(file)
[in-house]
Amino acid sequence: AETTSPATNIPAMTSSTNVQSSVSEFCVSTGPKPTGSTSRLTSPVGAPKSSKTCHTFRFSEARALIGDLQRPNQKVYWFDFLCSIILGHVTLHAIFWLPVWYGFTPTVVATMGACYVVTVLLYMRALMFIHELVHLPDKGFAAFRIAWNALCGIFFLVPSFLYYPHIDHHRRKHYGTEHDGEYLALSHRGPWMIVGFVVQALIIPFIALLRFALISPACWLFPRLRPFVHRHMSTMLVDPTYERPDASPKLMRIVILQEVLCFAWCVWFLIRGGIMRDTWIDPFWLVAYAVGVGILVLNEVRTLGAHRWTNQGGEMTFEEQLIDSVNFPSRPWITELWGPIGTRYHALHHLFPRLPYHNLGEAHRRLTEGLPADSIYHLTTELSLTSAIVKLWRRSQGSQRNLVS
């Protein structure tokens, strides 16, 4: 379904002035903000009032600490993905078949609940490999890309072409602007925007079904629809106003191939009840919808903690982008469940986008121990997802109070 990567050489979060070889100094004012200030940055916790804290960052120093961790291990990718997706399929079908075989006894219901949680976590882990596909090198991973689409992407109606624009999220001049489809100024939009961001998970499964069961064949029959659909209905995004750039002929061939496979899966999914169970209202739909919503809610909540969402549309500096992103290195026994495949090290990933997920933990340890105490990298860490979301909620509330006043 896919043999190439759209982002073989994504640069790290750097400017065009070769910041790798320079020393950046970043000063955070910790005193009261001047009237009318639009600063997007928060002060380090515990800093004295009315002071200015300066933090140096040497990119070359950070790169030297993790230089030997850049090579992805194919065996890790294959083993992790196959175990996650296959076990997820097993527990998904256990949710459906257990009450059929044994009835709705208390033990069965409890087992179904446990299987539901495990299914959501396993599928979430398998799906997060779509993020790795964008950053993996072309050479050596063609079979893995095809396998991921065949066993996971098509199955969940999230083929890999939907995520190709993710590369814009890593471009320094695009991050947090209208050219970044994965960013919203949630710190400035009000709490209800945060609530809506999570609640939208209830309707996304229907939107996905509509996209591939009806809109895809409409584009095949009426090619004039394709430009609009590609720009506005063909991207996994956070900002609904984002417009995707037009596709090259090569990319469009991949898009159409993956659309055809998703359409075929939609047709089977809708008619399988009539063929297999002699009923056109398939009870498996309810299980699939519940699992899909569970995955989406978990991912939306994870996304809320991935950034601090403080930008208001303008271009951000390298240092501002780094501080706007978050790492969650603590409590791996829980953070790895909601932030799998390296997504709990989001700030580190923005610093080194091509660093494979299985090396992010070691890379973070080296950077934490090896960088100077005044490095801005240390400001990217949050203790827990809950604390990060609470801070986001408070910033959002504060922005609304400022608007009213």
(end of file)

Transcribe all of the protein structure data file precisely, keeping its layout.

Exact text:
[in-house]
Amino acid sequence: AETTSPATNIPAMTSSTNVQSSVSEFCVSTGPKPTGSTSRLTSPVGAPKSSKTCHTFRFSEARALIGDLQRPNQKVYWFDFLCSIILGHVTLHAIFWLPVWYGFTPTVVATMGACYVVTVLLYMRALMFIHELVHLPDKGFAAFRIAWNALCGIFFLVPSFLYYPHIDHHRRKHYGTEHDGEYLALSHRGPWMIVGFVVQALIIPFIALLRFALISPACWLFPRLRPFVHRHMSTMLVDPTYERPDASPKLMRIVILQEVLCFAWCVWFLIRGGIMRDTWIDPFWLVAYAVGVGILVLNEVRTLGAHRWTNQGGEMTFEEQLIDSVNFPSRPWITELWGPIGTRYHALHHLFPRLPYHNLGEAHRRLTEGLPADSIYHLTTELSLTSAIVKLWRRSQGSQRNLVS
């Protein structure tokens, strides 16, 4: 379904002035903000009032600490993905078949609940490999890309072409602007925007079904629809106003191939009840919808903690982008469940986008121990997802109070 990567050489979060070889100094004012200030940055916790804290960052120093961790291990990718997706399929079908075989006894219901949680976590882990596909090198991973689409992407109606624009999220001049489809100024939009961001998970499964069961064949029959659909209905995004750039002929061939496979899966999914169970209202739909919503809610909540969402549309500096992103290195026994495949090290990933997920933990340890105490990298860490979301909620509330006043 896919043999190439759209982002073989994504640069790290750097400017065009070769910041790798320079020393950046970043000063955070910790005193009261001047009237009318639009600063997007928060002060380090515990800093004295009315002071200015300066933090140096040497990119070359950070790169030297993790230089030997850049090579992805194919065996890790294959083993992790196959175990996650296959076990997820097993527990998904256990949710459906257990009450059929044994009835709705208390033990069965409890087992179904446990299987539901495990299914959501396993599928979430398998799906997060779509993020790795964008950053993996072309050479050596063609079979893995095809396998991921065949066993996971098509199955969940999230083929890999939907995520190709993710590369814009890593471009320094695009991050947090209208050219970044994965960013919203949630710190400035009000709490209800945060609530809506999570609640939208209830309707996304229907939107996905509509996209591939009806809109895809409409584009095949009426090619004039394709430009609009590609720009506005063909991207996994956070900002609904984002417009995707037009596709090259090569990319469009991949898009159409993956659309055809998703359409075929939609047709089977809708008619399988009539063929297999002699009923056109398939009870498996309810299980699939519940699992899909569970995955989406978990991912939306994870996304809320991935950034601090403080930008208001303008271009951000390298240092501002780094501080706007978050790492969650603590409590791996829980953070790895909601932030799998390296997504709990989001700030580190923005610093080194091509660093494979299985090396992010070691890379973070080296950077934490090896960088100077005044490095801005240390400001990217949050203790827990809950604390990060609470801070986001408070910033959002504060922005609304400022608007009213």